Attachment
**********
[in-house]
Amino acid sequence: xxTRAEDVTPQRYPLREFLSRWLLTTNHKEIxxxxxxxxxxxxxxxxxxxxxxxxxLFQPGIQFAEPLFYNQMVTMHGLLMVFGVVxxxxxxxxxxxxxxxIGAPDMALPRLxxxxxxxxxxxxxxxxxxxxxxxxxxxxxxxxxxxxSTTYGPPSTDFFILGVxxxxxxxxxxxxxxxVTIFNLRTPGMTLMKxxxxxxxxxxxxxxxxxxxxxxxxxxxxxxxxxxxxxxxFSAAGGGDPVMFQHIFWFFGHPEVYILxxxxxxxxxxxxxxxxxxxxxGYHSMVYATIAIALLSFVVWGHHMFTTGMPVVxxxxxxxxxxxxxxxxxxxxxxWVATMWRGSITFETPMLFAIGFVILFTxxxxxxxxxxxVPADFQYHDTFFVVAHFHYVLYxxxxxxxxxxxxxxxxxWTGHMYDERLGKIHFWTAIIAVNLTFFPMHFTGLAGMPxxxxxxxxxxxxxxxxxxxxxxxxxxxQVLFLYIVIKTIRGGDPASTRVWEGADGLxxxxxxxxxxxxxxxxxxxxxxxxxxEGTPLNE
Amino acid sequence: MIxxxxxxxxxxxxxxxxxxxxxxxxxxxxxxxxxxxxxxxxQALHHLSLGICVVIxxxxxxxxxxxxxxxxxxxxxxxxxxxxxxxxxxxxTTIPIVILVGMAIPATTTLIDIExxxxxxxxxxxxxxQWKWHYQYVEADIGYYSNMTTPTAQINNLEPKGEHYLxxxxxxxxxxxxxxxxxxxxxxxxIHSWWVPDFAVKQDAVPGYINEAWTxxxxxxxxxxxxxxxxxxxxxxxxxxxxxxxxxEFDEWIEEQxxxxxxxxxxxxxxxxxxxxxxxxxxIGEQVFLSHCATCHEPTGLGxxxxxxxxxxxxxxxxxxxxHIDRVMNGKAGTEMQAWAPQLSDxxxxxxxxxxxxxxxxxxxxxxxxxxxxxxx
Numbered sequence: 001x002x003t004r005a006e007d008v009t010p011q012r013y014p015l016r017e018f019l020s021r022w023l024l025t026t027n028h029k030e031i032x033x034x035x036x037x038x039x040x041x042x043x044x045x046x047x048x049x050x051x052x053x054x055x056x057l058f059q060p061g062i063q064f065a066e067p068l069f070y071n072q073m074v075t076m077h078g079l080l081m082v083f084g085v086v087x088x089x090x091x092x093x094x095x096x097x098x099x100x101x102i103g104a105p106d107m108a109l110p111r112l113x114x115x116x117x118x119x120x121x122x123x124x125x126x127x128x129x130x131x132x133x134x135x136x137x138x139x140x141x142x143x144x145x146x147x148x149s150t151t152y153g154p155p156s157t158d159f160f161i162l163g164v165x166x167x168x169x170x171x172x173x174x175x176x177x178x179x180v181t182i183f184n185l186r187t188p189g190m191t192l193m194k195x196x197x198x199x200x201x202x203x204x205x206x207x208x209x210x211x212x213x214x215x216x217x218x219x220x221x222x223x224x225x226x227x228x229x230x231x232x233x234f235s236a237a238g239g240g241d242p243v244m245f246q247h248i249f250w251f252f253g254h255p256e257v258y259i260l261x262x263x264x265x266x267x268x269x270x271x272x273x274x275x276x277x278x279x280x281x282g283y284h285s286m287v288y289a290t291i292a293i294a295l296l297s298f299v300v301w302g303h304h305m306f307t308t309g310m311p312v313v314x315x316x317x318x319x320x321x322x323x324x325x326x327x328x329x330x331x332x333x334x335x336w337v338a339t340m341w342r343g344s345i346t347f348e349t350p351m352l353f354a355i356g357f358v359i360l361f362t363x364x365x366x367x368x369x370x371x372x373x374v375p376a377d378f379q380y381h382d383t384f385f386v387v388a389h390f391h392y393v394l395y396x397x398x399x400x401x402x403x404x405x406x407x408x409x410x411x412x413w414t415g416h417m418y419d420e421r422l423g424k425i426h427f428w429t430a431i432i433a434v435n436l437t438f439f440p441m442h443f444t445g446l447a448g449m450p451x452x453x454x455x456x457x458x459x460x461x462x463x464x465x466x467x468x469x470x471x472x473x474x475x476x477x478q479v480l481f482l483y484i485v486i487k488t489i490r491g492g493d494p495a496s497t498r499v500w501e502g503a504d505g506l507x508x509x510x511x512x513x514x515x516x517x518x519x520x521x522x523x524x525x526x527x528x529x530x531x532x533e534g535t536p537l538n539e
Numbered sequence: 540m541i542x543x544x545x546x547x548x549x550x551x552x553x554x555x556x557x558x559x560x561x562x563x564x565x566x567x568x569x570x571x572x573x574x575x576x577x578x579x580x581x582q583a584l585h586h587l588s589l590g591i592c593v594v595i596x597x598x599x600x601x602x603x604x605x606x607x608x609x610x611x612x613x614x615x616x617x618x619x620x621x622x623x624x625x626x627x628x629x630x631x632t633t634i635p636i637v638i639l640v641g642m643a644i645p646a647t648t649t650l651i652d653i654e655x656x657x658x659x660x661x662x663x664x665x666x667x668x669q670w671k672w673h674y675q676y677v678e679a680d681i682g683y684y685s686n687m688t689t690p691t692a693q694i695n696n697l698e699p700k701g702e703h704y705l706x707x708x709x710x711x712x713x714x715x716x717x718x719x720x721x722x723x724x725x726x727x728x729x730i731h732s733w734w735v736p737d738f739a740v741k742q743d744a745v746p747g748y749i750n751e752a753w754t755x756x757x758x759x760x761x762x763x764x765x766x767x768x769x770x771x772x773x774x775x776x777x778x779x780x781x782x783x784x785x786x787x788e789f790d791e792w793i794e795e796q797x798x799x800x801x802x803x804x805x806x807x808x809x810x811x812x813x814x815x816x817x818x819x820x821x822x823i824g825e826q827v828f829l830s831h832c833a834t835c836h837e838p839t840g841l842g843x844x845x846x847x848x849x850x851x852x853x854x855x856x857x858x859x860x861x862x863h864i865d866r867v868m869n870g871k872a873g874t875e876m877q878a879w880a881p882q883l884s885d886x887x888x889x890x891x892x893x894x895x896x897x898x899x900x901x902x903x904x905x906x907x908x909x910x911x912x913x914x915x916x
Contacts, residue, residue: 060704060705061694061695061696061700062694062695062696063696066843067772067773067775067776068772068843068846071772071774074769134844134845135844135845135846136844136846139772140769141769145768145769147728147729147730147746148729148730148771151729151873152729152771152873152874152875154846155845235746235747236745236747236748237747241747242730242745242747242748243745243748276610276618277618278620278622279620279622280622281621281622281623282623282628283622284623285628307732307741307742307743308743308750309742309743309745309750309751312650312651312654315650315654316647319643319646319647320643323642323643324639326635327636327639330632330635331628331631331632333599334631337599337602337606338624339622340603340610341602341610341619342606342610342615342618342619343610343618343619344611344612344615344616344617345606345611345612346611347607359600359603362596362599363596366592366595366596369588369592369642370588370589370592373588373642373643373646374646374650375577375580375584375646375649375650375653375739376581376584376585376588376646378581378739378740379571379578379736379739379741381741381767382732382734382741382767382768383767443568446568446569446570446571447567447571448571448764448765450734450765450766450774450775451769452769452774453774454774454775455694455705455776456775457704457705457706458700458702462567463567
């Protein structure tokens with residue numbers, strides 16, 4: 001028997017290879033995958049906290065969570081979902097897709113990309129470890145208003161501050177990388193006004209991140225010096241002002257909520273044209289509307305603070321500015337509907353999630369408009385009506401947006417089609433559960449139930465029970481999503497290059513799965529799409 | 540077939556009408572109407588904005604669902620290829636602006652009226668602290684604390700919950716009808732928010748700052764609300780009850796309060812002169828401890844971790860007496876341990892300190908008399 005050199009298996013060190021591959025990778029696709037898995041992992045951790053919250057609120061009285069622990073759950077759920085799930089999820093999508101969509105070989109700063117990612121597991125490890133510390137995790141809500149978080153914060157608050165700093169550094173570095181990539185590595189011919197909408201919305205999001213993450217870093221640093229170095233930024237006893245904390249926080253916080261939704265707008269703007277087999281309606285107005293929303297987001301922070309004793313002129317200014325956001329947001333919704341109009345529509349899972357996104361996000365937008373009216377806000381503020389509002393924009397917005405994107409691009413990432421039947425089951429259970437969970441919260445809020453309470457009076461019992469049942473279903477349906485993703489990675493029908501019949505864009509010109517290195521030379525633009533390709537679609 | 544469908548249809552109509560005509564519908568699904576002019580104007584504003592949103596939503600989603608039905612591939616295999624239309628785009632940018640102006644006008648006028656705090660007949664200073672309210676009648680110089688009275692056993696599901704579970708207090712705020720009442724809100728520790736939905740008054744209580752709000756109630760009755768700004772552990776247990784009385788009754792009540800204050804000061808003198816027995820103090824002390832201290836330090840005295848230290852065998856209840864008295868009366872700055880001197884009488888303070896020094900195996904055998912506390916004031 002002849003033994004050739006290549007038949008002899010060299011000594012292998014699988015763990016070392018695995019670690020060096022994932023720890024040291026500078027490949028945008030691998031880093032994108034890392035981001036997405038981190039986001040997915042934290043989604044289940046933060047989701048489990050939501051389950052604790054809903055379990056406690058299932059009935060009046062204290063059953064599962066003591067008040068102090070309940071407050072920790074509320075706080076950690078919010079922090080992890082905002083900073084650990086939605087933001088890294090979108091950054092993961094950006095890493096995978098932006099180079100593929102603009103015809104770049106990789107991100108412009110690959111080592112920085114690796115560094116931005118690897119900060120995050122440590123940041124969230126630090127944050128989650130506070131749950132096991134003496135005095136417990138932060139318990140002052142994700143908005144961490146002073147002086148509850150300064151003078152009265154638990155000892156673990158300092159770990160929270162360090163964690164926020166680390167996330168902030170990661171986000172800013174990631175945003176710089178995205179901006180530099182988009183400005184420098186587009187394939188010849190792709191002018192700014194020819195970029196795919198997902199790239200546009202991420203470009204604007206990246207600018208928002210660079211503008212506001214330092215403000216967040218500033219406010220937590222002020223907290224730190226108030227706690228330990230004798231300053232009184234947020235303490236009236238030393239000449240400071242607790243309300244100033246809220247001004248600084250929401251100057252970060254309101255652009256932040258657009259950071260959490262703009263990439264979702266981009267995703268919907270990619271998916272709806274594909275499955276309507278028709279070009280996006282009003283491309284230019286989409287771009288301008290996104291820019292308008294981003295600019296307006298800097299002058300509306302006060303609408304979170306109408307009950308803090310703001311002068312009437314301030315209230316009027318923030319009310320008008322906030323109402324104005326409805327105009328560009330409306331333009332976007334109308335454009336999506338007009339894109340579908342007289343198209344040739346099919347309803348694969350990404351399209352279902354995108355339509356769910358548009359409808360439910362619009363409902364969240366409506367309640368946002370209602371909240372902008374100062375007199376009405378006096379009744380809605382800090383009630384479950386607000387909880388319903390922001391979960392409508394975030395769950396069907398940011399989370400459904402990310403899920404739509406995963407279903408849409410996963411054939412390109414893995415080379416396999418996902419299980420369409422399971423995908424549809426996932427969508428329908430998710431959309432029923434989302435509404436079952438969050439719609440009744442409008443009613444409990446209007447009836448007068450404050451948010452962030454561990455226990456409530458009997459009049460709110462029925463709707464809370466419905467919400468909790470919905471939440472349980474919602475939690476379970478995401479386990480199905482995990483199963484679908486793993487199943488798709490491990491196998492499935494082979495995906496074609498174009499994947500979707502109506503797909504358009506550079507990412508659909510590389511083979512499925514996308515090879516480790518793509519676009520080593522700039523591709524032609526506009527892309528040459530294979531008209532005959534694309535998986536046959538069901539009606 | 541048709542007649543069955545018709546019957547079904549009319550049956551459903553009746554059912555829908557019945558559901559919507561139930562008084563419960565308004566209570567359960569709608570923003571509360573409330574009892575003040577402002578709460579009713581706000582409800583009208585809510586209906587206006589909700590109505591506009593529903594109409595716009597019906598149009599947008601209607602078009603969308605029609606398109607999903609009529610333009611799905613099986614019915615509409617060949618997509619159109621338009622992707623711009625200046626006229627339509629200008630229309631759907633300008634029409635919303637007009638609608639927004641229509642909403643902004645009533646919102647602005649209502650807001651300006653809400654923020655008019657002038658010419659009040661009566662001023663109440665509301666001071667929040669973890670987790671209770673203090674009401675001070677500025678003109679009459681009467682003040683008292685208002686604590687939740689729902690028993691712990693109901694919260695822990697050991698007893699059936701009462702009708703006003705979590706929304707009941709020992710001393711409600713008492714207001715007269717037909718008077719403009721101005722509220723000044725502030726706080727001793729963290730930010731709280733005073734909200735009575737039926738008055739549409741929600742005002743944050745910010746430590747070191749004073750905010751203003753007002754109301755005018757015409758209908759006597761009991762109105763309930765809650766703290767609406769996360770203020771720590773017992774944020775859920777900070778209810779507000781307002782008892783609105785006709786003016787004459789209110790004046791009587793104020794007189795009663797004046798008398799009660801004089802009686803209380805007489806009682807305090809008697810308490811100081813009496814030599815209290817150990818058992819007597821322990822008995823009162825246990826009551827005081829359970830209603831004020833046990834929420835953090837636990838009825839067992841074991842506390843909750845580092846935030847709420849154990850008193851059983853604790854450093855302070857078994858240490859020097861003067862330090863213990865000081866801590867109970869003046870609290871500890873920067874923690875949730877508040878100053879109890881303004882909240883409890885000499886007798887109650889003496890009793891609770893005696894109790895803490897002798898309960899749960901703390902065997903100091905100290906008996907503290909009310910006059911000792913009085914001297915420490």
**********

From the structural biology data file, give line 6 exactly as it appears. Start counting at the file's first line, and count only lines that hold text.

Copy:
Contacts, residue, residue: 060704060705061694061695061696061700062694062695062696063696066843067772067773067775067776068772068843068846071772071774074769134844134845135844135845135846136844136846139772140769141769145768145769147728147729147730147746148729148730148771151729151873152729152771152873152874152875154846155845235746235747236745236747236748237747241747242730242745242747242748243745243748276610276618277618278620278622279620279622280622281621281622281623282623282628283622284623285628307732307741307742307743308743308750309742309743309745309750309751312650312651312654315650315654316647319643319646319647320643323642323643324639326635327636327639330632330635331628331631331632333599334631337599337602337606338624339622340603340610341602341610341619342606342610342615342618342619343610343618343619344611344612344615344616344617345606345611345612346611347607359600359603362596362599363596366592366595366596369588369592369642370588370589370592373588373642373643373646374646374650375577375580375584375646375649375650375653375739376581376584376585376588376646378581378739378740379571379578379736379739379741381741381767382732382734382741382767382768383767443568446568446569446570446571447567447571448571448764448765450734450765450766450774450775451769452769452774453774454774454775455694455705455776456775457704457705457706458700458702462567463567